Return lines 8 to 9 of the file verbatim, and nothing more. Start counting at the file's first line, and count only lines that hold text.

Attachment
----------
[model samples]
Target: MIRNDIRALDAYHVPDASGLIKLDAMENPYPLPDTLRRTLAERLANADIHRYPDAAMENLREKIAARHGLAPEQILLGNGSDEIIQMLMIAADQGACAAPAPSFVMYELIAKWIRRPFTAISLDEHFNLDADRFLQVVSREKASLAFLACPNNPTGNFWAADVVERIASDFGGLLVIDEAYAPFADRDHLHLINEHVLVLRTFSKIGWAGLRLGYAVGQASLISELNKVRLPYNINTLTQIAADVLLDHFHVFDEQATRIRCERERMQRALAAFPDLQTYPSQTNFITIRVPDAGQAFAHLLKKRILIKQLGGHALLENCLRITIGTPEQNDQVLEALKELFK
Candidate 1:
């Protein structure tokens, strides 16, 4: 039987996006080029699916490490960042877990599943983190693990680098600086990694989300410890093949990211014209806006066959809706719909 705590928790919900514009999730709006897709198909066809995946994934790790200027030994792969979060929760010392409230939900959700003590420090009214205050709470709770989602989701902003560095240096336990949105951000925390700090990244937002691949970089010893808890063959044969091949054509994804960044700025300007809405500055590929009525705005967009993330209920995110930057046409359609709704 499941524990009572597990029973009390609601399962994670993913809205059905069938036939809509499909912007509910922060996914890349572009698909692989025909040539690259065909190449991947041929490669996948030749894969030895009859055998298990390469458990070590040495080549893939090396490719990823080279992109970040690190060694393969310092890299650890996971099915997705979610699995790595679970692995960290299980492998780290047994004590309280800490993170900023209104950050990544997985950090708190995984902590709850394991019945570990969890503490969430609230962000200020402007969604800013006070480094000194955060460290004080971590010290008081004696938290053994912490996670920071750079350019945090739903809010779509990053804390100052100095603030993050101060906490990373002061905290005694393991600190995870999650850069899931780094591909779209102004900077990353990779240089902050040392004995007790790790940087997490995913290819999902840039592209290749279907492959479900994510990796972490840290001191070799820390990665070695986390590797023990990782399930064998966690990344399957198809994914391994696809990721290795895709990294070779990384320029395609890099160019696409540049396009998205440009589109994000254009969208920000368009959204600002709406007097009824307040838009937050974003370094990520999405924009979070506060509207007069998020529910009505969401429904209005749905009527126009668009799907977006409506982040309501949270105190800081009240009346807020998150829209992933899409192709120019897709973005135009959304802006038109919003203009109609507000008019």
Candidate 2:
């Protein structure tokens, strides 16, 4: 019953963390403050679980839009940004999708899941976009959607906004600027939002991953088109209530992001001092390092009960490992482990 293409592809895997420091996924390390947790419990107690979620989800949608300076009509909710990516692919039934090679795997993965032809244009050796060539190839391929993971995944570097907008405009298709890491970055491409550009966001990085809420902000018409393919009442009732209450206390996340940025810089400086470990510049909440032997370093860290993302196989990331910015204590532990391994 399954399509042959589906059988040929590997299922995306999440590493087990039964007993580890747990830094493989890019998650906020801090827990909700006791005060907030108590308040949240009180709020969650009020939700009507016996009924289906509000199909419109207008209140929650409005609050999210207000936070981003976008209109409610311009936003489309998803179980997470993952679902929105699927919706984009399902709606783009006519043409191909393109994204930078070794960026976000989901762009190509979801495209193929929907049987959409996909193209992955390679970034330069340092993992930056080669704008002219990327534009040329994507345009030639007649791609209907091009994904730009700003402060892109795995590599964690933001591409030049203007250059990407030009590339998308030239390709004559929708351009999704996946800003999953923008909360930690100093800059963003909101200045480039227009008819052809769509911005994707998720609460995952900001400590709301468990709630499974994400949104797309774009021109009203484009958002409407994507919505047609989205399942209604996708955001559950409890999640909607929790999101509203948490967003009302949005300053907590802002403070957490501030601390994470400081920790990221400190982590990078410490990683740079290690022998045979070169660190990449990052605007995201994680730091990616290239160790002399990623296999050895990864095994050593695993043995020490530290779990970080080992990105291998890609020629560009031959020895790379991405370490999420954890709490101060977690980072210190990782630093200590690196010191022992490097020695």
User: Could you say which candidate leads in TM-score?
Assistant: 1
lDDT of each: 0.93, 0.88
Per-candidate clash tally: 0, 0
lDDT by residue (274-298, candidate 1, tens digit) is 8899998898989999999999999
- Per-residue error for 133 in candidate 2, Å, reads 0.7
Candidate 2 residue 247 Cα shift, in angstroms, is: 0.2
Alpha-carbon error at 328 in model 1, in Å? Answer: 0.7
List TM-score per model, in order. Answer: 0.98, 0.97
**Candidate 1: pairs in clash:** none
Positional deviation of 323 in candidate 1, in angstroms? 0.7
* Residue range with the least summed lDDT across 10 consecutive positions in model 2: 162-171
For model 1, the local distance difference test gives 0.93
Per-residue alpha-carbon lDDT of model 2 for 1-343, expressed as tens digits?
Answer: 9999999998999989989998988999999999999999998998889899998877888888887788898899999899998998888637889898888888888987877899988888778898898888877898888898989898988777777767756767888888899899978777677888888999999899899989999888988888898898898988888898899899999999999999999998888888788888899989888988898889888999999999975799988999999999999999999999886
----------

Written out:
Assistant: 1
lDDT of each: 0.93, 0.88